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<p>Emma Stone and Coldplay with Bill Hader of &quot;Saturday Night Live&quot;</p>
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Emma Stone and Coldplay with Bill Hader of "Saturday Night Live"

Credit: NBC

Recap: 'Saturday Night Live' - Emma Stone and Coldplay

Some solid second-half sketches highlight a typically uneven show
OK, apologies up front everyone: I’m on the road for family obligations this weekend. So instead of writing up tonight’s “Saturday Night Live” in my man cave, I’m doing this from the nation’s capital. Live from Washington D.C.: it’s Ryan McGee! I have the show in my hotel room, but without the beauty of DVR, I may miss a little more than usual in tonight’s recap. I ask that you are patient with me this week as Emma Stone and Coldplay both return to Studio 8-H. Coldplay is here to promote their new record “Mylo Xyloto,” while Stone doesn’t have anything she’s here to push, other than maybe the DVD release of “Crazy, Stupid, Love”. That’s fine, since she was a game host last year. Biggest question of the night: how will “SNL” handle this week’s Oscars’ debacle? Will they go after Brett Ratner and former “SNL” alum Eddie Murphy in a meaningful way, or just relegate their pot shots to “Weekend Update” jokes?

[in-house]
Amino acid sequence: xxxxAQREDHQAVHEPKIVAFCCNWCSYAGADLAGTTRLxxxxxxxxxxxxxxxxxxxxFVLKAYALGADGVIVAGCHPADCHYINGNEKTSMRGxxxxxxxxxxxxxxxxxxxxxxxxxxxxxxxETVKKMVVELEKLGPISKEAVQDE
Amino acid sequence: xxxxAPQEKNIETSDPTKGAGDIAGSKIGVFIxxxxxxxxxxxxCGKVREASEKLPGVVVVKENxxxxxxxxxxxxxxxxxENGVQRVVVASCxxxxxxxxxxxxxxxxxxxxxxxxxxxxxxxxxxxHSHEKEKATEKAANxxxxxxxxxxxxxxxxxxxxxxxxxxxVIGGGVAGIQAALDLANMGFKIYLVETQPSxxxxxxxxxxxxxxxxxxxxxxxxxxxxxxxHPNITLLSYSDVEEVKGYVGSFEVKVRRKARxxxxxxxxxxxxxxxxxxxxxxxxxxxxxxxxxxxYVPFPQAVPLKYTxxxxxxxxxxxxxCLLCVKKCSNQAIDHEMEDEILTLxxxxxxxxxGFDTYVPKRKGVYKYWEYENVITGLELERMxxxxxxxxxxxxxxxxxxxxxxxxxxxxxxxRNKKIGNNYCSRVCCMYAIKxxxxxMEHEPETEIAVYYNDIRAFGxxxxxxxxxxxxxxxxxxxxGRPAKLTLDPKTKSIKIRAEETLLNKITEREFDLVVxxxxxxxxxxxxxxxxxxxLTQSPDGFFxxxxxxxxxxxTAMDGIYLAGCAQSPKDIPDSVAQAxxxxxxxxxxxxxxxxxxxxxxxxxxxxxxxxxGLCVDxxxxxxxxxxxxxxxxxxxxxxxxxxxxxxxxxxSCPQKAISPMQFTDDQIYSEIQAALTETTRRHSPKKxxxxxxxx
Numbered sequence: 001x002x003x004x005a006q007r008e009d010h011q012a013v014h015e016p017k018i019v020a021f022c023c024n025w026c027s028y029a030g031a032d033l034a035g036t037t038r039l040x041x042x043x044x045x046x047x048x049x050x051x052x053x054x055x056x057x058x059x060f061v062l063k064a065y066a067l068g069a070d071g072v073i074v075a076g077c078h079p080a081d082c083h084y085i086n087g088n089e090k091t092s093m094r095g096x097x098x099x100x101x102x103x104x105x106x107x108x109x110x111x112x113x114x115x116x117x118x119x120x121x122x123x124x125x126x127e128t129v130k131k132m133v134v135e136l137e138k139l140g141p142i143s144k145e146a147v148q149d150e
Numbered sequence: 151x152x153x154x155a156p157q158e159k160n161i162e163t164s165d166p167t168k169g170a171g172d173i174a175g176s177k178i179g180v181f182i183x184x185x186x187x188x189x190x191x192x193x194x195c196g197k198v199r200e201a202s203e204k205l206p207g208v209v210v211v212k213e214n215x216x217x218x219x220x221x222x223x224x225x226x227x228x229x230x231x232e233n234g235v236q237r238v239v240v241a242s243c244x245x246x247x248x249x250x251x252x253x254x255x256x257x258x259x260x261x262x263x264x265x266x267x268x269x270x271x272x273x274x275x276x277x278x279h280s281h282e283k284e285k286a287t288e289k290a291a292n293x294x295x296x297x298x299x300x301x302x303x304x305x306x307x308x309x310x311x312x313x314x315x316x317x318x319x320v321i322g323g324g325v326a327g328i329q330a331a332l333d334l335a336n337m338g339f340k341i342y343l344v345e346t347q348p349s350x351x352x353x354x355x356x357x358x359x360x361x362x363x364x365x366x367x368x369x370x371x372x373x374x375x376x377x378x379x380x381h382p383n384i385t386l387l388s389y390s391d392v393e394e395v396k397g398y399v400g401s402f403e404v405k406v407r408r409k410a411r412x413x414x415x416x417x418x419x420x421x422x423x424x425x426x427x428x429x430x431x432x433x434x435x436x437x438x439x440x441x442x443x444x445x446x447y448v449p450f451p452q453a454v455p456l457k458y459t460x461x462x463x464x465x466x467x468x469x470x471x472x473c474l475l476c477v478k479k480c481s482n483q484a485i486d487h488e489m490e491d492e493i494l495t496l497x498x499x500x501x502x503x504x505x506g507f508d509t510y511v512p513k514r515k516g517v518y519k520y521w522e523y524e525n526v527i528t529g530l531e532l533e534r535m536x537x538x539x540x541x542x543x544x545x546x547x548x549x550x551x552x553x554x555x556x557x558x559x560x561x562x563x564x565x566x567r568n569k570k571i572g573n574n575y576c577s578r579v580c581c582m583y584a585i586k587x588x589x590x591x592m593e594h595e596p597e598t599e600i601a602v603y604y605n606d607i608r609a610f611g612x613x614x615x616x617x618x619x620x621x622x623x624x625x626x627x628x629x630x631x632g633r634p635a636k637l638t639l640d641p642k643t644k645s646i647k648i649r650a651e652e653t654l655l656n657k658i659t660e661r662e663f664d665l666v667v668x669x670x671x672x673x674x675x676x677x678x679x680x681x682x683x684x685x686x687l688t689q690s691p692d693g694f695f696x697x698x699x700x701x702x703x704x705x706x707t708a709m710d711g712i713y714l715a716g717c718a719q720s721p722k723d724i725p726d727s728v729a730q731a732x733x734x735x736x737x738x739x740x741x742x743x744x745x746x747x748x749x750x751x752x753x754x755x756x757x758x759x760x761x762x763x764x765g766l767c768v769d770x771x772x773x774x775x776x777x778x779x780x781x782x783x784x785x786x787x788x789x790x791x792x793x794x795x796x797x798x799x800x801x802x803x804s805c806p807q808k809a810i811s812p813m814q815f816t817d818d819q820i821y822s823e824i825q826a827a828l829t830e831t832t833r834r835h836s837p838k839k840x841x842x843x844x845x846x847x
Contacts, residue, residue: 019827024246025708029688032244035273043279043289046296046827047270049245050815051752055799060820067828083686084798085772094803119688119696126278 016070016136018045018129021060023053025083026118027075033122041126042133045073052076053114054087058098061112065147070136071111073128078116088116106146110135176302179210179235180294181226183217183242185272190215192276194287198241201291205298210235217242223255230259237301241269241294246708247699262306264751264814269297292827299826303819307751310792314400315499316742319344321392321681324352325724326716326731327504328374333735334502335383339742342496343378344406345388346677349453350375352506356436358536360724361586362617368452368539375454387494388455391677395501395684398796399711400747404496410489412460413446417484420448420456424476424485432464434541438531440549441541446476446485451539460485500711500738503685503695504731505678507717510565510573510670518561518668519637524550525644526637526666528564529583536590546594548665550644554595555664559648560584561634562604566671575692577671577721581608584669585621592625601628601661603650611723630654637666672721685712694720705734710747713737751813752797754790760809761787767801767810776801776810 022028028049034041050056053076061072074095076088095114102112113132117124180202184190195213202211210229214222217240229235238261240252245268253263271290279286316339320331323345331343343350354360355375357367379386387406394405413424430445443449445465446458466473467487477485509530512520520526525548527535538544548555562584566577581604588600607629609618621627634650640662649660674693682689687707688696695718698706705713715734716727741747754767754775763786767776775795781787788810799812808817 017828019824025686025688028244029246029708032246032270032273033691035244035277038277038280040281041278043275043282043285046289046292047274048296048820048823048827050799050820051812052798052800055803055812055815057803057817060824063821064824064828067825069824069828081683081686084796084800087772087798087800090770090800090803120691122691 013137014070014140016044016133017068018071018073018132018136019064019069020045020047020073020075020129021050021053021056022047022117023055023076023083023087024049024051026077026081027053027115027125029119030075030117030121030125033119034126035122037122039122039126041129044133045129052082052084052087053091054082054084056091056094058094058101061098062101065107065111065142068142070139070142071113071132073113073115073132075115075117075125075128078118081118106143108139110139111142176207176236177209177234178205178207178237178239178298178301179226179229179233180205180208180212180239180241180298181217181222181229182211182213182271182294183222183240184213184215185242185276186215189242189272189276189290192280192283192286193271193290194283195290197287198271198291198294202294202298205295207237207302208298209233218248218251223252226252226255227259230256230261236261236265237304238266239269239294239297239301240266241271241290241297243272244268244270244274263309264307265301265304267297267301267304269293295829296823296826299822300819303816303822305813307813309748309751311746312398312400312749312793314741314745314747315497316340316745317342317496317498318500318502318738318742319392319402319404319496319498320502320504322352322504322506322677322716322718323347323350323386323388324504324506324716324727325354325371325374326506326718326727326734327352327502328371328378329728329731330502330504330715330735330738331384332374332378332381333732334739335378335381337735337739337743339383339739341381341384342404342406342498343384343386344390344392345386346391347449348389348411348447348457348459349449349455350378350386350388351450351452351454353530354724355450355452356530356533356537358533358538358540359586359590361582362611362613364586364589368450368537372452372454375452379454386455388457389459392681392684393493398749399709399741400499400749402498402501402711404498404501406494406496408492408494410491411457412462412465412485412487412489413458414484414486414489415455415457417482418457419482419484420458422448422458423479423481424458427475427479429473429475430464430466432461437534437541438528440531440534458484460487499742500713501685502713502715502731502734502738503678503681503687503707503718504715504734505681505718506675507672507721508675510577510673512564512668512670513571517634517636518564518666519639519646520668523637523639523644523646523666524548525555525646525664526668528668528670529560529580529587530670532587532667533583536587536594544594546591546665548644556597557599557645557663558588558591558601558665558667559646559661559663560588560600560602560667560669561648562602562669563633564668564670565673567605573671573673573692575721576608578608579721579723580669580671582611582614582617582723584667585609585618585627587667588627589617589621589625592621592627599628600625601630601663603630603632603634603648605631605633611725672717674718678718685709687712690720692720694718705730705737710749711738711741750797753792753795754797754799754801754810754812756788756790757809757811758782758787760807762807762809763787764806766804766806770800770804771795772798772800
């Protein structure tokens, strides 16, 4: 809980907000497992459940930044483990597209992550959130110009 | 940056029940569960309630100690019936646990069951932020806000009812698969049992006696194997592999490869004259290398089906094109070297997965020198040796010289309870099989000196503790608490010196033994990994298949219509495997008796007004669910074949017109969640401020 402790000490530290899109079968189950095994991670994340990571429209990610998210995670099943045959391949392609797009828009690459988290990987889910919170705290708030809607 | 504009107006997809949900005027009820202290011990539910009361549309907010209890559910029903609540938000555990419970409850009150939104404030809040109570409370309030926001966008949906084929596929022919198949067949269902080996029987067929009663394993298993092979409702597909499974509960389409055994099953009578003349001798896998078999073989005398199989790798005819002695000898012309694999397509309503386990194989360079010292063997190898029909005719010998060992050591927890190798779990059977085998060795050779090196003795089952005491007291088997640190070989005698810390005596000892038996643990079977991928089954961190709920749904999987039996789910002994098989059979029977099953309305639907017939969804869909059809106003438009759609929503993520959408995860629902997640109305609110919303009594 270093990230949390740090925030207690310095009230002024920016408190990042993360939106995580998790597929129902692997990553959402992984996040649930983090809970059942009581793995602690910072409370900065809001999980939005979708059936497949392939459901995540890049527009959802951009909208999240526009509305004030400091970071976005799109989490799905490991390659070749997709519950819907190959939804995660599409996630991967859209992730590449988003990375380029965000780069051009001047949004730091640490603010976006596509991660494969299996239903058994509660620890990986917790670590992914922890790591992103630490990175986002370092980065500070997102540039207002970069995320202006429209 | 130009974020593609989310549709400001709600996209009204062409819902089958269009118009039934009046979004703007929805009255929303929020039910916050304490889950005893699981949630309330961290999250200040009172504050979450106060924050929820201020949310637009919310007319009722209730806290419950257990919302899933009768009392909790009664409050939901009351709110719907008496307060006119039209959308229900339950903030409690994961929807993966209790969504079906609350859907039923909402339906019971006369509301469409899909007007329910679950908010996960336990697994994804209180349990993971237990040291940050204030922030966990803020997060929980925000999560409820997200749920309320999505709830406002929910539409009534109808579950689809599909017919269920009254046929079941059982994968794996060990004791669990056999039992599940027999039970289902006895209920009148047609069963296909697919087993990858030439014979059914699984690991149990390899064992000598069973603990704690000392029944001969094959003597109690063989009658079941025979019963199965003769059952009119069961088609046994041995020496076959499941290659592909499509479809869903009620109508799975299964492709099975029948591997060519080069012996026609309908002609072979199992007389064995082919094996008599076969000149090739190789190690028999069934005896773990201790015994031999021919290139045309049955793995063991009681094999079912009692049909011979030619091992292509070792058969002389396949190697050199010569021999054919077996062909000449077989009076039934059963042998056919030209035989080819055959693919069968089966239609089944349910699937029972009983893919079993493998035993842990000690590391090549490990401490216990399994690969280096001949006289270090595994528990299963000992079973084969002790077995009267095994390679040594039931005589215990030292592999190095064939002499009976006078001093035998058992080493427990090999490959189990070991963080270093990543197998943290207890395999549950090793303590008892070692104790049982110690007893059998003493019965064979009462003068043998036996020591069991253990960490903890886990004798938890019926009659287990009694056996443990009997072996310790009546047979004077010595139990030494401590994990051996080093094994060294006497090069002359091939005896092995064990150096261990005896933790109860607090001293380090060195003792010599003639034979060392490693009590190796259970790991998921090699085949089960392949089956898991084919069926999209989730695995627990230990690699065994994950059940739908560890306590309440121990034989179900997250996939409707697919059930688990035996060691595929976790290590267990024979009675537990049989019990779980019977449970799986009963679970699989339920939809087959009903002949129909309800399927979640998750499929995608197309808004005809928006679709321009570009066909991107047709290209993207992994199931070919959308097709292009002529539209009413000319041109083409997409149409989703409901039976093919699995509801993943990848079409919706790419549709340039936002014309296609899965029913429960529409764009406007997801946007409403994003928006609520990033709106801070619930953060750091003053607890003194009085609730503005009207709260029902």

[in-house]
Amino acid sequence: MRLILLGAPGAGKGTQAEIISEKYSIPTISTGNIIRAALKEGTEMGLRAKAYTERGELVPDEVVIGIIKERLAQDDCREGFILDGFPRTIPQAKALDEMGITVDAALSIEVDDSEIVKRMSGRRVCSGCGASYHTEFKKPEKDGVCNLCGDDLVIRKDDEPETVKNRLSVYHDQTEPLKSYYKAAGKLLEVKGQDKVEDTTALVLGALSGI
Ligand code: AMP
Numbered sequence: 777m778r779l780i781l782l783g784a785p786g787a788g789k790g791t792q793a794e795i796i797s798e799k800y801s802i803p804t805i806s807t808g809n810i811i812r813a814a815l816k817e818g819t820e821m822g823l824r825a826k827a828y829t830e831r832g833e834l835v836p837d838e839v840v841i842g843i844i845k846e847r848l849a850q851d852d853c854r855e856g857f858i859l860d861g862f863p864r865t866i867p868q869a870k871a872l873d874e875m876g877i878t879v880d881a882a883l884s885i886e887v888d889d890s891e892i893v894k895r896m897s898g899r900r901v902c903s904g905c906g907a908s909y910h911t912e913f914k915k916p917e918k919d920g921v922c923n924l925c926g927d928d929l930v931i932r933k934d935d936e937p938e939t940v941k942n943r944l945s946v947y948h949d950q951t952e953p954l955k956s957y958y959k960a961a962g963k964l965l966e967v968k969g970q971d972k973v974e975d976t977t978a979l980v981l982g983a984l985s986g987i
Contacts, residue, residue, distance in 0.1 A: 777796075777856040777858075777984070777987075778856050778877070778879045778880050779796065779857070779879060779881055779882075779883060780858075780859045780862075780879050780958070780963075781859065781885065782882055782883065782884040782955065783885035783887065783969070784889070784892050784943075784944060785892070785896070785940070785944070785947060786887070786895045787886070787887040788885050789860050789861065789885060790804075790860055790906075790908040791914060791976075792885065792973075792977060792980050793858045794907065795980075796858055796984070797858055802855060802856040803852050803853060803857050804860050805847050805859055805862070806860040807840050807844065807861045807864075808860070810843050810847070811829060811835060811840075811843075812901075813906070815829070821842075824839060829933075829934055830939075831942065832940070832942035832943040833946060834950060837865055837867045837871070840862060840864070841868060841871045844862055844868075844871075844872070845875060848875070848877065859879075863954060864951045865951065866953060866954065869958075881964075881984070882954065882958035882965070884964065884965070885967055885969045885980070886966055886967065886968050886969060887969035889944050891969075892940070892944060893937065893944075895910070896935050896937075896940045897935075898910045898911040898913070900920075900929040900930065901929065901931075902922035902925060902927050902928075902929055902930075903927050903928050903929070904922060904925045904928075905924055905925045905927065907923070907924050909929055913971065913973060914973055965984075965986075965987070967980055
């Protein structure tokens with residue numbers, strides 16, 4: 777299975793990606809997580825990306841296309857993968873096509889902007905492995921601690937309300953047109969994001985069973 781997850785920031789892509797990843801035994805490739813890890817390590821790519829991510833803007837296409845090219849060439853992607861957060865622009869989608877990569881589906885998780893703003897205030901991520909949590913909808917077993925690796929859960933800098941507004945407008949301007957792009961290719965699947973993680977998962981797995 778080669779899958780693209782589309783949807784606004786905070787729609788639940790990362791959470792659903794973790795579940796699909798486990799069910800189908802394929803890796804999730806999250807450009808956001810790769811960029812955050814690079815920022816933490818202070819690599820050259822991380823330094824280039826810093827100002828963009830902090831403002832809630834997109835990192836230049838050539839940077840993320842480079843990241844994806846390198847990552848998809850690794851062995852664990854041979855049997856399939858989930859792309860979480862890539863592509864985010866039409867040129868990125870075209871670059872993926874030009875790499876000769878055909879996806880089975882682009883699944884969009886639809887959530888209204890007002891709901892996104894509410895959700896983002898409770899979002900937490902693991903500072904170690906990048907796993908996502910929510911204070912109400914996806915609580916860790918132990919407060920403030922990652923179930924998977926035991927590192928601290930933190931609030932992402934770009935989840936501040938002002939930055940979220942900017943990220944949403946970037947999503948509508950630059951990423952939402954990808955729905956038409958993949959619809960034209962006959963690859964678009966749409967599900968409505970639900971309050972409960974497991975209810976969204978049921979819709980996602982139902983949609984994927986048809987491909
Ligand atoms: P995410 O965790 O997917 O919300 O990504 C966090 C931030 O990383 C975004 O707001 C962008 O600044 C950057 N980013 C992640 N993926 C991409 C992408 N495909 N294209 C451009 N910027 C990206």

Only one way to find out. Onto the recap!
 
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<p>&nbsp;Romy Rosemont and Stephen Root of &quot;Fringe&quot;</p>
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 Romy Rosemont and Stephen Root of "Fringe"

Credit: FOX

Recap: 'Fringe' - 'And Those We've Left Behind'

Two stunning guest performances serve as a Rosetta stone for the season's problems